I would say that 75% of my clients come from referrals from both vendors and past clients. So, how do you solicit these referrals? By cultivating your relationships! Make sure you nurture the relationships you have with vendors that are working with your ideal client, and maybe even offer a special or discount to their clients when they book you. And make sure you stay in touch with past clients – you never know if they have friends or family members looking for a wedding planner!
*A note about commissions – accepting or offering commissions for booking clients is pretty much accepted as bad taste in the industry. Just something for you to think about.
Bridal shows are a great way to get your name and work in front of clients physically. There are a ton of different types of shows that you can be a part of, however, and some can be really expensive. The goal is, as with all of these items, to find the shows that your bride is visiting, and make an impression. Don’t feel as if you need to book anyone on the spot – you should just be trying to collect email addresses and leads. And don’t forget to make your space stand out! A beautiful space will attract potential clients, so make sure that it’s a representation of you and your style.
Local Organizations and Communities
There are some organizations, such as the Association of Bridal Consultants, that do refer out planners in their network to potential clients. I would caution you against signing up for an organization such as this purely for the leads, however. You really need to consider what type of client is reaching out to a professional organization to find a planner when there are so many other ways to find potential vendors available.
Recently a new community opened up in Santa Barbara called the Soiree | Center, and it’s been a GREAT resource for vendors all over the area. While I haven’t book anyone from this new center yet, the goal is for brides and grooms to use the space for consultations with their vendors, and our information is available for them to browse. What I love most about the Soiree | Center is that it’s local – clients in the area will be looking for a very particular type of vendor in the Santa Barbara area. Our information is also displayed on their website, which is great for those clients coming in from out of town (which is actually the majority of clients in the area).
Before you consider your options for marketing and advertising, make sure you remember where your ideal client is looking for their information!
4 | How to Use Your Website to Attract Clients
Okay, now onto the juicy bits. How are you actually attracting your ideal client? Well, your website, of course! I know it seems fairly obvious, but there are definitely a few ways that you can ensure your website really presents an accurate image of your brand and speaks to your ideal client.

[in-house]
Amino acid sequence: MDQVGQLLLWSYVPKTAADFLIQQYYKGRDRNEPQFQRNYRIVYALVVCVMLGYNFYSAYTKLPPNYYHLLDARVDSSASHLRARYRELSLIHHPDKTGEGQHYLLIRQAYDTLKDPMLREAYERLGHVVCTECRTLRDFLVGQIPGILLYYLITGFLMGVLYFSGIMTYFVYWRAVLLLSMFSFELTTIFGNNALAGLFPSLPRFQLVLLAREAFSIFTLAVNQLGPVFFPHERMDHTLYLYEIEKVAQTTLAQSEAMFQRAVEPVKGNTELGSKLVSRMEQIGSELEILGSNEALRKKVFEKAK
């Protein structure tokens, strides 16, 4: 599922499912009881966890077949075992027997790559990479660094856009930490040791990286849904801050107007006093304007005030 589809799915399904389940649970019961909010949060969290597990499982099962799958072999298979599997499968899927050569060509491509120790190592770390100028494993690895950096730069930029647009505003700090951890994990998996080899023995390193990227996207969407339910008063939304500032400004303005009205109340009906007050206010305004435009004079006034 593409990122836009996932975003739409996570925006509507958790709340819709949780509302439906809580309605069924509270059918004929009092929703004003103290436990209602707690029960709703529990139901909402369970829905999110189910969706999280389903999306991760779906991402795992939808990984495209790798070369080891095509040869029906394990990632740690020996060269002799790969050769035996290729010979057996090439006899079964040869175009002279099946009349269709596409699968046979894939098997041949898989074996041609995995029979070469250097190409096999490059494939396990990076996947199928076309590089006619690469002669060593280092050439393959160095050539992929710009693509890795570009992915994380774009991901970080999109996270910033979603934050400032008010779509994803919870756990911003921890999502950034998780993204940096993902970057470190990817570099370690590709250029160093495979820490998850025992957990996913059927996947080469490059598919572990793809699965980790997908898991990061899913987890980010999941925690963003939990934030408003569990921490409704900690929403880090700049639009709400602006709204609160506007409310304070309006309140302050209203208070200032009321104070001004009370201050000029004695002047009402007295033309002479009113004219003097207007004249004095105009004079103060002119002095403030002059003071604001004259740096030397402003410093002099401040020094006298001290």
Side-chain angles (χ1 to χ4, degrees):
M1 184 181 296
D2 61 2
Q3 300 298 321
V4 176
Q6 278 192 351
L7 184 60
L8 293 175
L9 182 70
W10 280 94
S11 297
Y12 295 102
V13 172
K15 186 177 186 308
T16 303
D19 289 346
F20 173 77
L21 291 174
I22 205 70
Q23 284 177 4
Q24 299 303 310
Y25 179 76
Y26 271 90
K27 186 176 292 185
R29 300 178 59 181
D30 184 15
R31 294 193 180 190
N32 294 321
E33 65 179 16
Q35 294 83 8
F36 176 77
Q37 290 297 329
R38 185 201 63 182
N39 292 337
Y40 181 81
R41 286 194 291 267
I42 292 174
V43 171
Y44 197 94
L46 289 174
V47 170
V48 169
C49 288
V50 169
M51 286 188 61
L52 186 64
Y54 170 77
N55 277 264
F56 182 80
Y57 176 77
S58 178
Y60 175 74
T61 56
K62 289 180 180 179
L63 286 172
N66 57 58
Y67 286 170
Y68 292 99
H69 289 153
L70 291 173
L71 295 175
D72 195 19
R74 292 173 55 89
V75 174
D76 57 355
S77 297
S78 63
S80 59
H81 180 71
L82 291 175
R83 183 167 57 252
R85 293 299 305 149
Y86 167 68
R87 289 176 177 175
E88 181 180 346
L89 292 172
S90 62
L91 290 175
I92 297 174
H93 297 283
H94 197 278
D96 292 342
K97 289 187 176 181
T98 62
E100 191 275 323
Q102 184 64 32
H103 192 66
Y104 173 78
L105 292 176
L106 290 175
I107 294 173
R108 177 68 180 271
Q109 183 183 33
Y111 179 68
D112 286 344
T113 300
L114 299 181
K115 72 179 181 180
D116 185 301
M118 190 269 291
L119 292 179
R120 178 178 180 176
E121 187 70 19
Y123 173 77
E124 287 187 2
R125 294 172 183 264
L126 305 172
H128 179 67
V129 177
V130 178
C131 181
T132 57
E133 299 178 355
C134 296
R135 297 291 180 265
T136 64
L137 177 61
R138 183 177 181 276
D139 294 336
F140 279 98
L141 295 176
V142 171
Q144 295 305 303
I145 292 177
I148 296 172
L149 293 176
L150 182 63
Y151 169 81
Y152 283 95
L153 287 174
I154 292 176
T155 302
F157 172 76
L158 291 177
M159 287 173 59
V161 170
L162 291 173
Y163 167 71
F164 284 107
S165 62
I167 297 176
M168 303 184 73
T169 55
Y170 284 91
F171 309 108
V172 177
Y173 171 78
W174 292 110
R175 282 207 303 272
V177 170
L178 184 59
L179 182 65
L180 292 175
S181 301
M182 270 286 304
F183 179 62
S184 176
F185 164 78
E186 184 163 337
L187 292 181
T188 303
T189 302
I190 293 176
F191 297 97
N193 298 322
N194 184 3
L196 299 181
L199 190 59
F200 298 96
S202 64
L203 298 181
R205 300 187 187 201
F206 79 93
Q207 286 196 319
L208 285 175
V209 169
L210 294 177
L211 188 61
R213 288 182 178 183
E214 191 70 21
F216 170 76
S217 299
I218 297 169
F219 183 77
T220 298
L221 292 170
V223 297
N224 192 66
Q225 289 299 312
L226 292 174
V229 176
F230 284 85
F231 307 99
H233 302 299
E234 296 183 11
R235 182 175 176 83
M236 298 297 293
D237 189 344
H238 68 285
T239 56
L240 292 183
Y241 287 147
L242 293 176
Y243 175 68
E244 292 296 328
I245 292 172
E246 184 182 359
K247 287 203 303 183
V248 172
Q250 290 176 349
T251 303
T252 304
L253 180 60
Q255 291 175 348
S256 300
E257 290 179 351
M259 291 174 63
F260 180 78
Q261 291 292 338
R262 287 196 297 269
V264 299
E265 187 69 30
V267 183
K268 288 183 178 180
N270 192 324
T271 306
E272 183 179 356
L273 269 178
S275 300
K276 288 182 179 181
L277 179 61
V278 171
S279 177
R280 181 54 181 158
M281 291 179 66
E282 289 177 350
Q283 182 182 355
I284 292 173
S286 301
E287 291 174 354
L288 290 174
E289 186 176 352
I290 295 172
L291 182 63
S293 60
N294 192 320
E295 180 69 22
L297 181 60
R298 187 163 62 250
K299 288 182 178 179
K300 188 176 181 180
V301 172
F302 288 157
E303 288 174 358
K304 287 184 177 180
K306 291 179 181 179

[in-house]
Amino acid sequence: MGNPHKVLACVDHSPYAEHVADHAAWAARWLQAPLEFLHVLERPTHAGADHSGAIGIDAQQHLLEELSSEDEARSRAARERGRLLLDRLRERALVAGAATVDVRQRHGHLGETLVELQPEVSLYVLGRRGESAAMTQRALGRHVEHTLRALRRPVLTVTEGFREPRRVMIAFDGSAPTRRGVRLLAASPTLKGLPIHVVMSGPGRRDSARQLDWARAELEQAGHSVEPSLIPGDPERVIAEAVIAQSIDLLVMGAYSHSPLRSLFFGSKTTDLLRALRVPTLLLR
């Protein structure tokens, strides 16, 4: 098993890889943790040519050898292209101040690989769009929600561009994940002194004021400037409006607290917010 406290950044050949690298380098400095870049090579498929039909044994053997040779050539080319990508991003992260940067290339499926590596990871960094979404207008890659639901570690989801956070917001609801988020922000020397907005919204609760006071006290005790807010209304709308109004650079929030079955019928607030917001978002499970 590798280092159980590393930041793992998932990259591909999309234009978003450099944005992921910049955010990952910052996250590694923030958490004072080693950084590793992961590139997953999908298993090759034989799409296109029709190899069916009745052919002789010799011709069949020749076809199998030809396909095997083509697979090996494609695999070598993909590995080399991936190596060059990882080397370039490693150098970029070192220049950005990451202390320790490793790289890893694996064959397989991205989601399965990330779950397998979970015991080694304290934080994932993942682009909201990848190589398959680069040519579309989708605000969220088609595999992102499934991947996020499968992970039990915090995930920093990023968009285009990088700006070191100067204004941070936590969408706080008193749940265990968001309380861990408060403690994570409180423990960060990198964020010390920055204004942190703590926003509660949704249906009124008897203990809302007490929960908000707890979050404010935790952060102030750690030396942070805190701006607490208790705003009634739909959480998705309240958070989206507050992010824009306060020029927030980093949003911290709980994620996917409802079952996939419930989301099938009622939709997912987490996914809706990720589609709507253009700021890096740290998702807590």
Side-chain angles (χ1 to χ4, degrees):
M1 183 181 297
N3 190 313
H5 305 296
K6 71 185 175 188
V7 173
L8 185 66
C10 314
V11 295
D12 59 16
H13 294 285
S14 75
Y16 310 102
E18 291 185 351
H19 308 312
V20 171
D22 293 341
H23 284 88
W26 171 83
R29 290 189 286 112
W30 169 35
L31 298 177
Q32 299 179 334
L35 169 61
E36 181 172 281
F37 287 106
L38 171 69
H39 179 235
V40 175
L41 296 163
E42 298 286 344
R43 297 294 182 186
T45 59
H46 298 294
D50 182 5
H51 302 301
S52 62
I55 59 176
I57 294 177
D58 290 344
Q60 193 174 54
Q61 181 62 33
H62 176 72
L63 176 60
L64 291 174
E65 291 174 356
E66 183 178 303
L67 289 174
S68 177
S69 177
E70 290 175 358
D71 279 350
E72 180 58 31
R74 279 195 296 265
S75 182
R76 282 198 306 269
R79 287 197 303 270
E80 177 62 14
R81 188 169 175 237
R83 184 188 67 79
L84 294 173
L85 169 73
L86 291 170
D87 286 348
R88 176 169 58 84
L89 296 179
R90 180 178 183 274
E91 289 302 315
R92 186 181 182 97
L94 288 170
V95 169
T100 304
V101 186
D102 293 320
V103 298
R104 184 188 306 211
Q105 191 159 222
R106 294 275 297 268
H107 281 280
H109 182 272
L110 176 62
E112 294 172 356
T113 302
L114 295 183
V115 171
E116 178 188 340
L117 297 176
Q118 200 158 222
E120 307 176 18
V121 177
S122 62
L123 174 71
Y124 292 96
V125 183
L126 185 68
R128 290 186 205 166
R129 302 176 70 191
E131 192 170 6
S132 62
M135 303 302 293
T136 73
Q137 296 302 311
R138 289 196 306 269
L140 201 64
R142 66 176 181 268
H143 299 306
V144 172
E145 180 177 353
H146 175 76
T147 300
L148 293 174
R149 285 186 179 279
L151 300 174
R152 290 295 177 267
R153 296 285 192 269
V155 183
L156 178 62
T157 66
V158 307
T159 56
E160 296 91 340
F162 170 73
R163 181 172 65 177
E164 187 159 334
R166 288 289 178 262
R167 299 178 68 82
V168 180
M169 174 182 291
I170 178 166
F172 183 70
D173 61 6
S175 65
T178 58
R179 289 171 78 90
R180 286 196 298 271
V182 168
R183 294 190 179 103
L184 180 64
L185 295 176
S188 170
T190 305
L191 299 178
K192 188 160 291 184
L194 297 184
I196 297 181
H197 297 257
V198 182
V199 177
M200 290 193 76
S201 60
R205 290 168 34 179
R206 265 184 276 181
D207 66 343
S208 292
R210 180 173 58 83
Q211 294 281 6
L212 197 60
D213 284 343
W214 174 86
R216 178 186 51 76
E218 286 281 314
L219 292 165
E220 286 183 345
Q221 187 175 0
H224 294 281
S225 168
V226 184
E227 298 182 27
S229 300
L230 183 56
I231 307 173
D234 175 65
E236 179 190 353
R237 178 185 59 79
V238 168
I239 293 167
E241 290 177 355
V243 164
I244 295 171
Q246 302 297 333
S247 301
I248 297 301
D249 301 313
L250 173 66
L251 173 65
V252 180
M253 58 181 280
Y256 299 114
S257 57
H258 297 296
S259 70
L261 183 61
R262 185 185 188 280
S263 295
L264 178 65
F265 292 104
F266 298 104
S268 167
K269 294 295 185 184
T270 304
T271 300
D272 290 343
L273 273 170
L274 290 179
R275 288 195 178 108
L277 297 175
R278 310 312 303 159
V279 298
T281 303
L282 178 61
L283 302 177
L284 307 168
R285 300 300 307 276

Build Organic Traffic from SEO
I’m not a marketing expert (I’m sure we’ll have someone on here someday), but SEO can be HUGE for your business. Search Engine Optimization basically means that you are building up your website so that it appears in relevant results as potential clients search for certain keywords. Do some research on SEO for your website, and be sure to focus on specific keywords for your area and specialty (i.e. Santa Barbara wedding designer, day of coordination Los Angeles, etc.).
Oh, and you don’t have a blog yet? That’s an entirely other topic that I will definitely be talking about another time (BECAUSE YOU NEED A BLOG), but blogging is really important for SEO. Google is constantly indexing your site, which means that you want to constantly be updating it. And by having a blog with keyword rich descriptions and content, more people will be likely to land on your website when searching!
Speak to Your Ideal Client by Showcasing Your Style
One thing that I find many wedding planners tend to do is include everything in their portfolio. If you really have a niche and an ideal client, you shouldn’t be doing this! You should be curating your portfolio to only include the items that best represent your specialty and that will speak to your ideal client.
Your website should be a reflection of your niche and your aesthetic. Everything from the branding (your logo, styling, etc.) to the copy (how you describe your services) and your photos should reflect this.
Make it Easy to Find and Contact You!
Guys, would you even believe how often I see vendors that don’t include their location on their website? It’s true! Where you are located should be ALL over the place – even on the homepage, if possible! Make your contact page easy to find (with your location, of course) – and while contact forms are great, try to include an actual email address, along with links to your social media sites.